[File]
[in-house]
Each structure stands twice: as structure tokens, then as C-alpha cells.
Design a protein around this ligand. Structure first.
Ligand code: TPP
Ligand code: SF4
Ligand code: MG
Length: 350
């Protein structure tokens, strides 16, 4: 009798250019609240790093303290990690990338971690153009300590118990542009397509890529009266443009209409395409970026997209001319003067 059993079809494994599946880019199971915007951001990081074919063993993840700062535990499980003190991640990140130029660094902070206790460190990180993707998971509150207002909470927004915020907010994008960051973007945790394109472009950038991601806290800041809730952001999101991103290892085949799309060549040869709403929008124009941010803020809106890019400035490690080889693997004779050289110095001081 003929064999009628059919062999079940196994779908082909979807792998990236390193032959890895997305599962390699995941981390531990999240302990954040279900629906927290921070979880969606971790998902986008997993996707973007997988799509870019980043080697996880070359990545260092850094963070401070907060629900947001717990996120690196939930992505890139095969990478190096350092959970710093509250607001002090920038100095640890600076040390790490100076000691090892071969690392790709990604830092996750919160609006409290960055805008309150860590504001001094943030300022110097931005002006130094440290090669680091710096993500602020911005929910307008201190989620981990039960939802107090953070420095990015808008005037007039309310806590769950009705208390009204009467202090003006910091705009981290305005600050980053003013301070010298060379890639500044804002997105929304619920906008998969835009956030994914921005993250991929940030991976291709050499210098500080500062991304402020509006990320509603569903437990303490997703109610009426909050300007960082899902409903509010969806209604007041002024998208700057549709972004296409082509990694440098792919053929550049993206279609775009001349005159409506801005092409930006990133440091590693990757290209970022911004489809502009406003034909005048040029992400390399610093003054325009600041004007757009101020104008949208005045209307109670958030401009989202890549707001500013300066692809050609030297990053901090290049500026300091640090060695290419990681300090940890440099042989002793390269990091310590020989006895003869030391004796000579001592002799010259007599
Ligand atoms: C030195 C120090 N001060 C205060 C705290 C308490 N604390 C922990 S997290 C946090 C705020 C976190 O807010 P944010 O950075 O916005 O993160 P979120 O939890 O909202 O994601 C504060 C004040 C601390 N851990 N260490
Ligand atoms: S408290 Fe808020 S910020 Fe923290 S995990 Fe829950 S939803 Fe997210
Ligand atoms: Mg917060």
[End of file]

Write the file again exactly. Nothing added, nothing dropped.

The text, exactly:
[in-house]
Each structure stands twice: as structure tokens, then as C-alpha cells.
Design a protein around this ligand. Structure first.
Ligand code: TPP
Ligand code: SF4
Ligand code: MG
Length: 350
């Protein structure tokens, strides 16, 4: 009798250019609240790093303290990690990338971690153009300590118990542009397509890529009266443009209409395409970026997209001319003067 059993079809494994599946880019199971915007951001990081074919063993993840700062535990499980003190991640990140130029660094902070206790460190990180993707998971509150207002909470927004915020907010994008960051973007945790394109472009950038991601806290800041809730952001999101991103290892085949799309060549040869709403929008124009941010803020809106890019400035490690080889693997004779050289110095001081 003929064999009628059919062999079940196994779908082909979807792998990236390193032959890895997305599962390699995941981390531990999240302990954040279900629906927290921070979880969606971790998902986008997993996707973007997988799509870019980043080697996880070359990545260092850094963070401070907060629900947001717990996120690196939930992505890139095969990478190096350092959970710093509250607001002090920038100095640890600076040390790490100076000691090892071969690392790709990604830092996750919160609006409290960055805008309150860590504001001094943030300022110097931005002006130094440290090669680091710096993500602020911005929910307008201190989620981990039960939802107090953070420095990015808008005037007039309310806590769950009705208390009204009467202090003006910091705009981290305005600050980053003013301070010298060379890639500044804002997105929304619920906008998969835009956030994914921005993250991929940030991976291709050499210098500080500062991304402020509006990320509603569903437990303490997703109610009426909050300007960082899902409903509010969806209604007041002024998208700057549709972004296409082509990694440098792919053929550049993206279609775009001349005159409506801005092409930006990133440091590693990757290209970022911004489809502009406003034909005048040029992400390399610093003054325009600041004007757009101020104008949208005045209307109670958030401009989202890549707001500013300066692809050609030297990053901090290049500026300091640090060695290419990681300090940890440099042989002793390269990091310590020989006895003869030391004796000579001592002799010259007599
Ligand atoms: C030195 C120090 N001060 C205060 C705290 C308490 N604390 C922990 S997290 C946090 C705020 C976190 O807010 P944010 O950075 O916005 O993160 P979120 O939890 O909202 O994601 C504060 C004040 C601390 N851990 N260490
Ligand atoms: S408290 Fe808020 S910020 Fe923290 S995990 Fe829950 S939803 Fe997210
Ligand atoms: Mg917060």